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MLK50 Next Step grant recipients discuss how they are changing Memphis

By Updated: April 17, 2019 8:02 AM CT | Published: April 16, 2019 11:00 PM CT

While the 50th anniversary of the assassination of Dr. Martin Luther King Jr. has come and gone, the impact of the MLK50 effort continues to make strides in Memphis.

Six local nonprofits are working to create meaningful change in areas they influence with the help of $25,000 grants each awarded by the Community Foundation of Greater Memphis in September.

It’s part of “MLK50: The Next Step Forward,” an initiative of the Community Foundation created to recognize organizations working in six areas of public interest including poverty, higher wages, decent housing, quality education, justice and peace - the pillars King stood for to affect real and systemic change.  

With the grant for affordable housing, United Housing is offering a Mobile Homebuyer Education Workshop in Binghampton and Crosstown, helping 300 individuals understand the fundamental mechanics of financial literacy and homeownership. The classes cover the importance of credit scores and how to manage personal finances, among other topics.

“This grant provides people access to information and resources, and they’re (homebuyers) not going after predatory loans, but they’re going after wealth-building loans, not wealth-stripping loans,” said Amy Schaftlein, executive director of United Housing.

Other panelists included Ephie Ballard-Johnson, president and CEO of Neighborhood Christian Centers; Robert Montague, executive director of Tech901; Yetta Lewis, co-founder and CEO of Gestalt Community Schools; Josh Spickler, executive director of Just City; and Brad Watkins, executive director of the Mid-South Peace & Justice Center.

For the better jobs/higher wages pillar, Tech901 is working to train and develop the talent pool in Memphis and ultimately, to help graduates of its programs secure information technology jobs with livable wages and increase the diversity of the skilled workforce in Memphis. Rather than starting a job that may pay $20,000 per year, Tech901 graduates can earn $37,000-$38,000 in their first technology roles.

“The hope and impact of our organization are that now 79 local employers are hiring women and people of color who have no background in technology, but who are being rigorously, vocationally trained,” Montague said. “With this grant, we are able to provide that life-changing training for $100-$250 per class. The diversity is there, and the impact on lives is there.”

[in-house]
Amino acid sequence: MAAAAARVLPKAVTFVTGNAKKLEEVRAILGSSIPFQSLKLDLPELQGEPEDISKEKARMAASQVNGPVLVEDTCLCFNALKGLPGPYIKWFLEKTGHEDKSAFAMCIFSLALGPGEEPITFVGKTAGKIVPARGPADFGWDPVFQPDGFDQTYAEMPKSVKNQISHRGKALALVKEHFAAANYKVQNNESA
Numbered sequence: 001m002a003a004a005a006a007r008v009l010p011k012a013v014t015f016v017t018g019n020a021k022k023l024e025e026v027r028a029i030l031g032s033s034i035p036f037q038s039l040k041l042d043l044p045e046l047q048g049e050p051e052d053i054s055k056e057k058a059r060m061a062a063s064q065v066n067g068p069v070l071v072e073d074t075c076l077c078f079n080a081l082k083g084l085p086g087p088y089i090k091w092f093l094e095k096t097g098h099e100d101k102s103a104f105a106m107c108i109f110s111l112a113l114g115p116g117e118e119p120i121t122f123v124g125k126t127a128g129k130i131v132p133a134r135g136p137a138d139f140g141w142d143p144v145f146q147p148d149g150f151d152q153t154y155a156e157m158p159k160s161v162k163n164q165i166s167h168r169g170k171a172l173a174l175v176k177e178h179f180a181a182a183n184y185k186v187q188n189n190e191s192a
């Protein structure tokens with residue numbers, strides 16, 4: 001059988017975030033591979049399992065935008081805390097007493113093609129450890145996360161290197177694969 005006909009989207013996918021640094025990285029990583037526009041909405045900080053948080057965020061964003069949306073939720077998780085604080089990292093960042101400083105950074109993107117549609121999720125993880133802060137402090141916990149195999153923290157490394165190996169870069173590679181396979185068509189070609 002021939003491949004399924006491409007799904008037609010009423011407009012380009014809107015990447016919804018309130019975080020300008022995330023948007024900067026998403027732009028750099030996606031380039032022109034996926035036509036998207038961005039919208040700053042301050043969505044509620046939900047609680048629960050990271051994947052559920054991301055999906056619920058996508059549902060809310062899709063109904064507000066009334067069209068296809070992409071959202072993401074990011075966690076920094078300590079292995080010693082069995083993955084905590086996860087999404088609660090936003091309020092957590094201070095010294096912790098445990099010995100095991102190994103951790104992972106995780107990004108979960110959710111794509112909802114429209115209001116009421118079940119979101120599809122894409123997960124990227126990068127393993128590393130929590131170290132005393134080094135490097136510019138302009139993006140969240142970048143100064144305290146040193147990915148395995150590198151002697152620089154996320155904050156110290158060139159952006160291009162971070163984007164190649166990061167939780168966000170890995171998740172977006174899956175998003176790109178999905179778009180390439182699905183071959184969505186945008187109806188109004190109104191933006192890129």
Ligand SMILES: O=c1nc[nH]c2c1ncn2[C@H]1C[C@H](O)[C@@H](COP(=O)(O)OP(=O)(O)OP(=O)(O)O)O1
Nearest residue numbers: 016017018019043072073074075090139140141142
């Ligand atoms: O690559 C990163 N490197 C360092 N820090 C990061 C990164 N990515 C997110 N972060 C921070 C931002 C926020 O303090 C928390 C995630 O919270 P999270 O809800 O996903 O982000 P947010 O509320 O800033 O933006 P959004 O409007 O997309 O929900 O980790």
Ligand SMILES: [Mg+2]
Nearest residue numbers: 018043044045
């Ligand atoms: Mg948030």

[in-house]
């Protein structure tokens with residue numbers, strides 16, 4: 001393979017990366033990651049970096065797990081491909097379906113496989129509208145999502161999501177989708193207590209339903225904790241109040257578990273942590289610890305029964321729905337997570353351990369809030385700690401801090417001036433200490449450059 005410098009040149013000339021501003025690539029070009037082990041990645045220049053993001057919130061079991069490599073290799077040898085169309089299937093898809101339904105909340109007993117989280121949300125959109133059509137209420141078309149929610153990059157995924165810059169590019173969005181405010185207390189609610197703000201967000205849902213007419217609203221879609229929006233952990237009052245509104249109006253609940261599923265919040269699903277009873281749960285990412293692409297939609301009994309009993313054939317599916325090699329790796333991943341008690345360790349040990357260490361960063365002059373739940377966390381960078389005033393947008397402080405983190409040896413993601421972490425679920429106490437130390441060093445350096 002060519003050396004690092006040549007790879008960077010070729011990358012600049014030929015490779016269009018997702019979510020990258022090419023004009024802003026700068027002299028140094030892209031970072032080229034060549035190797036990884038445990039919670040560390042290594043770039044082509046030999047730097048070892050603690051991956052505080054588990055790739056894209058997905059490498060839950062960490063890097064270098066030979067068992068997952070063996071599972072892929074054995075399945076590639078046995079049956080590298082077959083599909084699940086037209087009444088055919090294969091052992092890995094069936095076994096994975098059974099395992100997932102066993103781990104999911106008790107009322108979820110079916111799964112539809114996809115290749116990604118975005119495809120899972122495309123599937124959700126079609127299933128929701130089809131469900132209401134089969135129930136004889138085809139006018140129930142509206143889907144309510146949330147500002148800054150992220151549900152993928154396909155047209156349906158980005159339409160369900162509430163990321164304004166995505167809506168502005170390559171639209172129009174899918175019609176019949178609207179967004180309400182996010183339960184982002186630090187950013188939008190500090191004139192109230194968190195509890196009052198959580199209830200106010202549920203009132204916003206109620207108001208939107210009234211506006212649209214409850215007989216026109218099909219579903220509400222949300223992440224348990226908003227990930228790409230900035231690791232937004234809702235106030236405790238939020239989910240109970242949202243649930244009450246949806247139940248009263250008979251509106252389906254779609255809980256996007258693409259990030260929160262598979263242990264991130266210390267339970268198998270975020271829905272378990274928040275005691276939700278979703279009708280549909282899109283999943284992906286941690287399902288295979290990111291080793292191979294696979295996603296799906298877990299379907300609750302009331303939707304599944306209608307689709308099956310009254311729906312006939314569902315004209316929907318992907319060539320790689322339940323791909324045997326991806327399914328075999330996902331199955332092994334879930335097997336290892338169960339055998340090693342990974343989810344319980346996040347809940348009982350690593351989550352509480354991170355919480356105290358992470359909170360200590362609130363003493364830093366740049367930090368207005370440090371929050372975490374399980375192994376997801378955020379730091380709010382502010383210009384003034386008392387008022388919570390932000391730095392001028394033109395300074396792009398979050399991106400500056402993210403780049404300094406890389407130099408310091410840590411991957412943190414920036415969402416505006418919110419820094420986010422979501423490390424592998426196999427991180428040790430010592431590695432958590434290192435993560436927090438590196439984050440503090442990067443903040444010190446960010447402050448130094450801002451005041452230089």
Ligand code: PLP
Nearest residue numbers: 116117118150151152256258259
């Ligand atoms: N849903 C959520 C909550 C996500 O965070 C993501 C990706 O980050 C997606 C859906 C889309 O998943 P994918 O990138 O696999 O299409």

Neighborhood Christian Centers is using its grant to pilot Holistic Home Visitation Services to address critical needs for 120 families in Section 8 housing. It aligns with community organizations to better serve people in the area and adopted the Transitions to Success model along with other organizations.

“I believe if you’re going to change lives and change people, we need to know who’s working with each other,” Ballard-Johnson said. “We need to be able to take people and connect them with folks who are doing best practices in the city.”

Just City pays expungement fees, bail costs and advocates for court debt reform and other social justice issues. It sued the state of Tennessee to change laws surrounding revoking licenses for non-motor vehicle offenses.

“Systemic change is the hardest thing any of us do,” Spickler said.

Gestalt Community Schools, a charter operator, launched the Parent Village Project, a unique parents and community engagement model, at its five Hickory Hill schools to promote school-based support and mentoring to families.

“The neighborhoods you live in dictate the quality of education you receive,” Lewis said. “Part of our work is moving from access to education, resource and policy, which is driven from the people.”

The panelists discussed what ignited a passion in them to want to do the community work they are doing. Watkins cited his upbringing, which included his family being evicted and having the utilities turned off while he was trying to do his homework.

“Seeing the inequality and how much of it is by design, and how it keeps people trapped in poverty, made me realize how systems need to be changed. It’s up to those of us who are from Memphis to do that,” Watkins said.

The $25,000 grants awarded in September were funded in part by donors to the Community Partnership Fund. The Community Foundation of Greater Memphis began in 1969 to bolster the Memphis community through philanthropy. In 2018, the organization awarded $178.5 million in grants to 1,882 nonprofits and has assets of nearly $470 million.

Topics

Community Foundation Of Greater Memphis MLK50
Christin Yates

Christin Yates

Christin Yates is a native Memphian who has worked in PR and copywriting for a decade. She earned her B.S. in public relations and M.S. in mass communications from Murray State University.


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